Last year I wrote in the German press about the frustration of seeing unlicensed copies of my work freely available and easy to find on the internet and the absence of legal services delivering the full range of European films I would expect. I wanted to be provocative to strike the contrast between my expectations and the market delivery, but I also wanted to show that there are possible solutions. I suggested creating compulsory licences for European audiovisual works.
A little bit like the radio where any works can be used but where remuneration is due to the authors and other rightholders. One of the most frustrating things for screenwriters like me is to talk to someone about a film I helped make and for that person to discover that they are unable to watch it legally. And I am a lucky author, my film Sophie Scholl was sold to many territories and is generally available. My next film, Elser, has already sold around the world. Other films I have worked on have not been so lucky. I very much understand the frustrations of film fans who can’t find the films they have heard about. But I also have another hat, that of a film producer. The reality is that the climate for the financing of European works is very difficult and very modest productions often involve a number of different investors from different countries. My authors’ rights in the script I write are for the world. But as a producer I know that very often the only way to finance the actual production means selling off bits of those rights to different investors, sometimes territory by territory. Any push for pan-European licences cannot ignore this point: if it deprives us from possible investors, European production and distribution will suffer very much. If I put my author’s hat back on, I think we also need to look at the problem from another angle. If we want works to be available cross-borders then we also need to guarantee authors – screenwriters and directors – that their remuneration for the use of their films will flow back to them. At the moment, for a variety of reasons, this doesn’t really happen. If our creative works are to be available across-borders then our remuneration should also flow across borders. We therefore need EU new remuneration mechanisms that associate authors’ remuneration to the exploitation of their works. Fred Breinersdorfer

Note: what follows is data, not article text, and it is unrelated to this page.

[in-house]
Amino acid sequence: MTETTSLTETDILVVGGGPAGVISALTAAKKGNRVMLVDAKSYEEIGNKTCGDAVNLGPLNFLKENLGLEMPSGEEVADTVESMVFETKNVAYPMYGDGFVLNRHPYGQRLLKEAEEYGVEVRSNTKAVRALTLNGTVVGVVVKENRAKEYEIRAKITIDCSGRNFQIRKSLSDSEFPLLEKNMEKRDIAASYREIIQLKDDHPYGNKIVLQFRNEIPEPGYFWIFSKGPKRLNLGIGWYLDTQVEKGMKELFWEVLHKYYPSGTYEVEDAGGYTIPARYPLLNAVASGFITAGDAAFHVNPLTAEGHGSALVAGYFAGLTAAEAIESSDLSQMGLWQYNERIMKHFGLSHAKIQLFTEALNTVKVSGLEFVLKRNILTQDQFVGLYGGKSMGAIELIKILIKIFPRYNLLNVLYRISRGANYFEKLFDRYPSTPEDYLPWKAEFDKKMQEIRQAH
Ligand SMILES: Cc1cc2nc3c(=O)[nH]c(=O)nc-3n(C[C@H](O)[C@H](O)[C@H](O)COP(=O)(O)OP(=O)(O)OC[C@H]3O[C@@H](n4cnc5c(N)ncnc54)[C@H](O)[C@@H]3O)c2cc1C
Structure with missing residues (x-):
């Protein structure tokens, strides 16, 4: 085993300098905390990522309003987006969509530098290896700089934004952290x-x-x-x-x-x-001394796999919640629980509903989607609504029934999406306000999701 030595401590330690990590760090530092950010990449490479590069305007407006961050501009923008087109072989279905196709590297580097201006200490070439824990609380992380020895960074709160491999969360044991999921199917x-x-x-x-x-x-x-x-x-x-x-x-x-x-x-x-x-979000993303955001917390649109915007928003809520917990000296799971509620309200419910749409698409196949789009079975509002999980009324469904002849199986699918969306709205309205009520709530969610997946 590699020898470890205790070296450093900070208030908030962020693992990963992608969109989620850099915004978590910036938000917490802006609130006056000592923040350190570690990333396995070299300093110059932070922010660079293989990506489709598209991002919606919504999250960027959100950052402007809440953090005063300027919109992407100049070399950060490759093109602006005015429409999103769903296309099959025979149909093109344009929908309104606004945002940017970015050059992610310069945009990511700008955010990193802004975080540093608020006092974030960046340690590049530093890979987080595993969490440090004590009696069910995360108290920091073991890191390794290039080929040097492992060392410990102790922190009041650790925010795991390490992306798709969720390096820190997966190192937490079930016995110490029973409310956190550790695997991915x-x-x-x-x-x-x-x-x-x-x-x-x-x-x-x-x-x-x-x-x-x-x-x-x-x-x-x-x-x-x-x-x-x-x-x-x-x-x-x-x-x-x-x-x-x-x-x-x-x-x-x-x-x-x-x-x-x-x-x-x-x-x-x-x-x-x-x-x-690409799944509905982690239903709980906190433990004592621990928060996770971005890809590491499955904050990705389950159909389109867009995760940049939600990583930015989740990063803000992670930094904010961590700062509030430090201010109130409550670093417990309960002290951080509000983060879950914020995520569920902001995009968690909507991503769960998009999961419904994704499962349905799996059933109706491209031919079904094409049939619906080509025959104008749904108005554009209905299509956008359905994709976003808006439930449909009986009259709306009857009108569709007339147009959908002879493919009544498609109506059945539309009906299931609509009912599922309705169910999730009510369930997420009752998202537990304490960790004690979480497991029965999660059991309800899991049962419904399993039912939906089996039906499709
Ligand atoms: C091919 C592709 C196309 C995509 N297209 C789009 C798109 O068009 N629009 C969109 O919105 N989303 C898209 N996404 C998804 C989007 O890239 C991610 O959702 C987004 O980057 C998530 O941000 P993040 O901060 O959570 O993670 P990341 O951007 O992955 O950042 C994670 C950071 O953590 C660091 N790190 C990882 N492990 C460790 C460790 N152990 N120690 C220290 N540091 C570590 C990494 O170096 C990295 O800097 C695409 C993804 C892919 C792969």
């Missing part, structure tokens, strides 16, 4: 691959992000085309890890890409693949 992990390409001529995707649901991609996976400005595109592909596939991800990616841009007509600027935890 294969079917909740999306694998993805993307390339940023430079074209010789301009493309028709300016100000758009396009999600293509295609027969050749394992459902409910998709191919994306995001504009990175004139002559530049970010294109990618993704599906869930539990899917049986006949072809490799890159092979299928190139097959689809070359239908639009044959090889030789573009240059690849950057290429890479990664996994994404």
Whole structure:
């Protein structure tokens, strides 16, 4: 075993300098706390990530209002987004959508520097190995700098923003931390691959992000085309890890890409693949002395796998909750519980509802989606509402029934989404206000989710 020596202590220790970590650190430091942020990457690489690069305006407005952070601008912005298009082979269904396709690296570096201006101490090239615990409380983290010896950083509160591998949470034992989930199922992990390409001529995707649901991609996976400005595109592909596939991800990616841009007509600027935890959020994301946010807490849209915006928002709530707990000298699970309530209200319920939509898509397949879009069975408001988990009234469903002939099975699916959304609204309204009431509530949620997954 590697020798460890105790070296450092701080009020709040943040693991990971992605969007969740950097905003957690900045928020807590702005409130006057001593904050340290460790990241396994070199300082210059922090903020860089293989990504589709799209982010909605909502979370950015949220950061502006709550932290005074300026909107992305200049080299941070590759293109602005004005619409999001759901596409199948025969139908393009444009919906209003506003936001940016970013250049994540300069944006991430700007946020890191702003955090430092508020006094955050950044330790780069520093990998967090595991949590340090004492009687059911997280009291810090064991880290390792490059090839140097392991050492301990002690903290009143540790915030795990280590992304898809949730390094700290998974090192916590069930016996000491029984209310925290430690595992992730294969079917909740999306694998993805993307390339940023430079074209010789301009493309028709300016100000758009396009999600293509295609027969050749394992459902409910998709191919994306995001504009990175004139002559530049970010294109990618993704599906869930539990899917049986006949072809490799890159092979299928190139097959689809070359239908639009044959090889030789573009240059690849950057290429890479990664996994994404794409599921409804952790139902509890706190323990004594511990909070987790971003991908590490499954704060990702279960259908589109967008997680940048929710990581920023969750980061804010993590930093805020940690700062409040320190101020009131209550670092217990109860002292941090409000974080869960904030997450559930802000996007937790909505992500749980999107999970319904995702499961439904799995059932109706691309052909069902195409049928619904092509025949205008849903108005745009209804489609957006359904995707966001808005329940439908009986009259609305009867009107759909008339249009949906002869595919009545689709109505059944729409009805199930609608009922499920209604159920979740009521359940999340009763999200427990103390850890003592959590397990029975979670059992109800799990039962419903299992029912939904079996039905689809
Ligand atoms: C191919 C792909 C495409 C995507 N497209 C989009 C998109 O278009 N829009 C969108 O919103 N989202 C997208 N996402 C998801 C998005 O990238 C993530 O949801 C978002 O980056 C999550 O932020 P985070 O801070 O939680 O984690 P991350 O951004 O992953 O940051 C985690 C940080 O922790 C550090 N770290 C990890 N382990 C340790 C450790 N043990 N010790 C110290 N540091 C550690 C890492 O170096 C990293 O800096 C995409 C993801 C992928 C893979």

Screenwriter, producer and SAA patron